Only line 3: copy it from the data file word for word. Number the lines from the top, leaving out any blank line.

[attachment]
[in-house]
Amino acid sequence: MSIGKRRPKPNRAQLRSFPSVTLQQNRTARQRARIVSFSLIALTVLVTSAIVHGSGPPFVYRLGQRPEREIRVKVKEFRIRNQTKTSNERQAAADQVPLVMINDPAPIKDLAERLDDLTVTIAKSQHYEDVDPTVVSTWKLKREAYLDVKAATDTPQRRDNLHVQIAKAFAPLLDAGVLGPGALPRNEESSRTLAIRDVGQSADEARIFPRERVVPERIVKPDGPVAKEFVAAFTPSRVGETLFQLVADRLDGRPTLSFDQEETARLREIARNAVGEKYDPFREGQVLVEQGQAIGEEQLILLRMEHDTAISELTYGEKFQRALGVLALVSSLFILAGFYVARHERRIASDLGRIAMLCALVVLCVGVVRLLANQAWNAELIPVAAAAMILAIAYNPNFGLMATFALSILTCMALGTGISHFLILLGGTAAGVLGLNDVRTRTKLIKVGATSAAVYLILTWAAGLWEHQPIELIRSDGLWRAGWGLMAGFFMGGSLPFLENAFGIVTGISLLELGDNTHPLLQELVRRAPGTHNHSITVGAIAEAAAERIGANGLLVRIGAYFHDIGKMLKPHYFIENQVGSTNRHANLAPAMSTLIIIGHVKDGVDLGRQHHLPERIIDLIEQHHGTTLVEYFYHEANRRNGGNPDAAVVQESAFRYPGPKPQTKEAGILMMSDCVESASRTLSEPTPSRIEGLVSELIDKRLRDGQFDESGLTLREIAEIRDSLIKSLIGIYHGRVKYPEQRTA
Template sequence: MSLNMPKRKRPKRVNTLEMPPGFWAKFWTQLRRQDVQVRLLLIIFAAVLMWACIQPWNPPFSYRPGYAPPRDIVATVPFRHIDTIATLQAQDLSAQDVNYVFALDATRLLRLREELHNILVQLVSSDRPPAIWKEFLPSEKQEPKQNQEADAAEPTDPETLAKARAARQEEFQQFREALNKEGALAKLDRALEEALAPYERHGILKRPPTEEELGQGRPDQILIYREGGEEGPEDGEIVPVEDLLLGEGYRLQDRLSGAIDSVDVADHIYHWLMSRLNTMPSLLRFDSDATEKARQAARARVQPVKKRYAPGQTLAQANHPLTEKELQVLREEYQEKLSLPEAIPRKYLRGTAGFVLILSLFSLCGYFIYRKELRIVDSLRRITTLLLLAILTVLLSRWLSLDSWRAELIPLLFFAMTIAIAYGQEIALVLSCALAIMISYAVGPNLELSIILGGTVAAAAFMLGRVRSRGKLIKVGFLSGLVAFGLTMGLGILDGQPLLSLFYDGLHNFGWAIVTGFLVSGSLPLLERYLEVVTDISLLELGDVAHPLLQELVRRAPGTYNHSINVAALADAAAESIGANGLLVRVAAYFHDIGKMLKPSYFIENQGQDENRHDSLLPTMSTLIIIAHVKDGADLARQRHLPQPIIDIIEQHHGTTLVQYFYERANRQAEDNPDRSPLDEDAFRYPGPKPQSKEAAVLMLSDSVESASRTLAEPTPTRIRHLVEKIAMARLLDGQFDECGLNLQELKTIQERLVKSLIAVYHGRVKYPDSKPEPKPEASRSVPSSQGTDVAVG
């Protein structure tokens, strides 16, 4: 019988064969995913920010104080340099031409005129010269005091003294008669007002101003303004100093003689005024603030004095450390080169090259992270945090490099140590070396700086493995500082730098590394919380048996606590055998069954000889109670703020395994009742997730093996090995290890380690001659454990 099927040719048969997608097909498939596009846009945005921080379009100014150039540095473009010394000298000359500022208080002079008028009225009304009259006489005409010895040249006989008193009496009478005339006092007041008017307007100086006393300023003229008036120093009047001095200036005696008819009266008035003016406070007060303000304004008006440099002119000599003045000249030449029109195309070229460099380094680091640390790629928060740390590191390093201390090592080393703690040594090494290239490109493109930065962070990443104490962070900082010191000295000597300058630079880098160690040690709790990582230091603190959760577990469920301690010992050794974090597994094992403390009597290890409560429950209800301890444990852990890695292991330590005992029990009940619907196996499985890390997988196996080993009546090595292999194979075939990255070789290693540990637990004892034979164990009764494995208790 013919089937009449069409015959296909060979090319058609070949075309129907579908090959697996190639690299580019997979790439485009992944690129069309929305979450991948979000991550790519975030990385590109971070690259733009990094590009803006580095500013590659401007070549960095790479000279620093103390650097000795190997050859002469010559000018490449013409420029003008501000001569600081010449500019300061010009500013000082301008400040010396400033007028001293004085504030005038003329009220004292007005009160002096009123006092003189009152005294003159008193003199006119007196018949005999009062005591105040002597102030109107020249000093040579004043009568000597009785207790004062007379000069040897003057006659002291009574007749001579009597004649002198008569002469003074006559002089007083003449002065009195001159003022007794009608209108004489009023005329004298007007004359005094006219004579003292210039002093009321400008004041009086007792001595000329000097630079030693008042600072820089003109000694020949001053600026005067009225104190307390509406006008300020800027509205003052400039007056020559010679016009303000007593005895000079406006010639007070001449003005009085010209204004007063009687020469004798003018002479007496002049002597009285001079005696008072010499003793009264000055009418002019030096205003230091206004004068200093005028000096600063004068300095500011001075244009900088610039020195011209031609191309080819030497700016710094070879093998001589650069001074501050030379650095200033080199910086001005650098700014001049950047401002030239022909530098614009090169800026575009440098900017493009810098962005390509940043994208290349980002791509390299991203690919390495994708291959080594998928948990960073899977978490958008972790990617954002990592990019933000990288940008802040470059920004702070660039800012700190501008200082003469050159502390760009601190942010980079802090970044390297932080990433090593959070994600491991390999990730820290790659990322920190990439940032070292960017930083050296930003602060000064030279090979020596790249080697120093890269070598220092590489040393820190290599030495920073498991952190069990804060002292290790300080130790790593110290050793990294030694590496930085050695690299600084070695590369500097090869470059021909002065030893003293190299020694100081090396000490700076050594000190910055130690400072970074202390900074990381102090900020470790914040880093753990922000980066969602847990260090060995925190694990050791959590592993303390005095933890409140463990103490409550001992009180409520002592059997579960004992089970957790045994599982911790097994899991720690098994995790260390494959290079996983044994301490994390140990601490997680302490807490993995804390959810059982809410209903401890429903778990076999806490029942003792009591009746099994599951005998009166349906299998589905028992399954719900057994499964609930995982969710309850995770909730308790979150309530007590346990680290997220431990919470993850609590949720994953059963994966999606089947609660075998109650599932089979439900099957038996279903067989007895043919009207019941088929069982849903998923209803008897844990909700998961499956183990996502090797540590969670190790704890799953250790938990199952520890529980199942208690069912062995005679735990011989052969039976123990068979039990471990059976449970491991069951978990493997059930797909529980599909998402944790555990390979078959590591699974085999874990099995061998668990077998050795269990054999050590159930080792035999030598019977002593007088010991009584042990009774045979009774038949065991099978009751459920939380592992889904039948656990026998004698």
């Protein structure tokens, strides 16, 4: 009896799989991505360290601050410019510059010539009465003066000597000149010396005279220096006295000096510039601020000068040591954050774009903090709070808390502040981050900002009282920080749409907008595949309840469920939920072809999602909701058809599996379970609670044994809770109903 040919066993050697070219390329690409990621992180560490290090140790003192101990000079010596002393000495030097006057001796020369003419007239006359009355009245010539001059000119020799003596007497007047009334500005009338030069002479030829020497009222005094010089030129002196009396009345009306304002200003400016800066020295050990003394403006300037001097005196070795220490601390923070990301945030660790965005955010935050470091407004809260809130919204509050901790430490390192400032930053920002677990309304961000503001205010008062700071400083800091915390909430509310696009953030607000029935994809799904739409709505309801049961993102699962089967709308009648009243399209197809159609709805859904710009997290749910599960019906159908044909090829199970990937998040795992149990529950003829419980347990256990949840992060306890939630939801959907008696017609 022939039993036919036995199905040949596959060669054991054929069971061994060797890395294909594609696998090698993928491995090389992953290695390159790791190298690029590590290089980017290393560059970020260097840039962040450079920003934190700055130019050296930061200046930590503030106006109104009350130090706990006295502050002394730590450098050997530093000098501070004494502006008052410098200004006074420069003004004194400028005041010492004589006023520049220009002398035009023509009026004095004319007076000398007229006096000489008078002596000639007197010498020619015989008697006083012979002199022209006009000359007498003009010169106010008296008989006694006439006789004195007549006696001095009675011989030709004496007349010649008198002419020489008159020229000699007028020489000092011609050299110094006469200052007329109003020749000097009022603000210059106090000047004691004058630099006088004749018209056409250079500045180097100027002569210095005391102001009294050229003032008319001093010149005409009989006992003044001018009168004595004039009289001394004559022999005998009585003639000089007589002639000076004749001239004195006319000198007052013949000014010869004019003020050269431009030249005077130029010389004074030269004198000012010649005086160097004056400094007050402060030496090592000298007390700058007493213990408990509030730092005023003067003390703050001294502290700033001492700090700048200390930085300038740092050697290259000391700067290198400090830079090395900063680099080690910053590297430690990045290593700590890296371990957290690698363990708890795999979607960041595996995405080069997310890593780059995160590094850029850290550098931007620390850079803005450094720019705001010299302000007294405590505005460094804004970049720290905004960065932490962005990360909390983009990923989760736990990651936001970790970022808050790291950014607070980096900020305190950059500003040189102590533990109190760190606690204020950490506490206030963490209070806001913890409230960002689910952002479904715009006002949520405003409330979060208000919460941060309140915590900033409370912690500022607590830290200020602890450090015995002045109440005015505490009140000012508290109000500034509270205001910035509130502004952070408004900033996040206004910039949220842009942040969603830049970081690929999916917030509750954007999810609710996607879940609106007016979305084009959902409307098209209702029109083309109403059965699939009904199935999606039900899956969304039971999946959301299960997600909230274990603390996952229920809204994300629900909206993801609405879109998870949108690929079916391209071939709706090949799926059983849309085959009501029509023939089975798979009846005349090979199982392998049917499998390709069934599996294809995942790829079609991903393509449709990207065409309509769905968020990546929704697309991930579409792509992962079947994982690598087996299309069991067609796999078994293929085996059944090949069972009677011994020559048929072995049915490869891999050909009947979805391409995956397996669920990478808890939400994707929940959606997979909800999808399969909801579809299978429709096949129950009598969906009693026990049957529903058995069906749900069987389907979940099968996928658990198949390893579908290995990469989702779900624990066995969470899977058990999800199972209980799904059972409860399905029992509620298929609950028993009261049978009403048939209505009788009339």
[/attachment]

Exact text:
Template sequence: MSLNMPKRKRPKRVNTLEMPPGFWAKFWTQLRRQDVQVRLLLIIFAAVLMWACIQPWNPPFSYRPGYAPPRDIVATVPFRHIDTIATLQAQDLSAQDVNYVFALDATRLLRLREELHNILVQLVSSDRPPAIWKEFLPSEKQEPKQNQEADAAEPTDPETLAKARAARQEEFQQFREALNKEGALAKLDRALEEALAPYERHGILKRPPTEEELGQGRPDQILIYREGGEEGPEDGEIVPVEDLLLGEGYRLQDRLSGAIDSVDVADHIYHWLMSRLNTMPSLLRFDSDATEKARQAARARVQPVKKRYAPGQTLAQANHPLTEKELQVLREEYQEKLSLPEAIPRKYLRGTAGFVLILSLFSLCGYFIYRKELRIVDSLRRITTLLLLAILTVLLSRWLSLDSWRAELIPLLFFAMTIAIAYGQEIALVLSCALAIMISYAVGPNLELSIILGGTVAAAAFMLGRVRSRGKLIKVGFLSGLVAFGLTMGLGILDGQPLLSLFYDGLHNFGWAIVTGFLVSGSLPLLERYLEVVTDISLLELGDVAHPLLQELVRRAPGTYNHSINVAALADAAAESIGANGLLVRVAAYFHDIGKMLKPSYFIENQGQDENRHDSLLPTMSTLIIIAHVKDGADLARQRHLPQPIIDIIEQHHGTTLVQYFYERANRQAEDNPDRSPLDEDAFRYPGPKPQSKEAAVLMLSDSVESASRTLAEPTPTRIRHLVEKIAMARLLDGQFDECGLNLQELKTIQERLVKSLIAVYHGRVKYPDSKPEPKPEASRSVPSSQGTDVAVG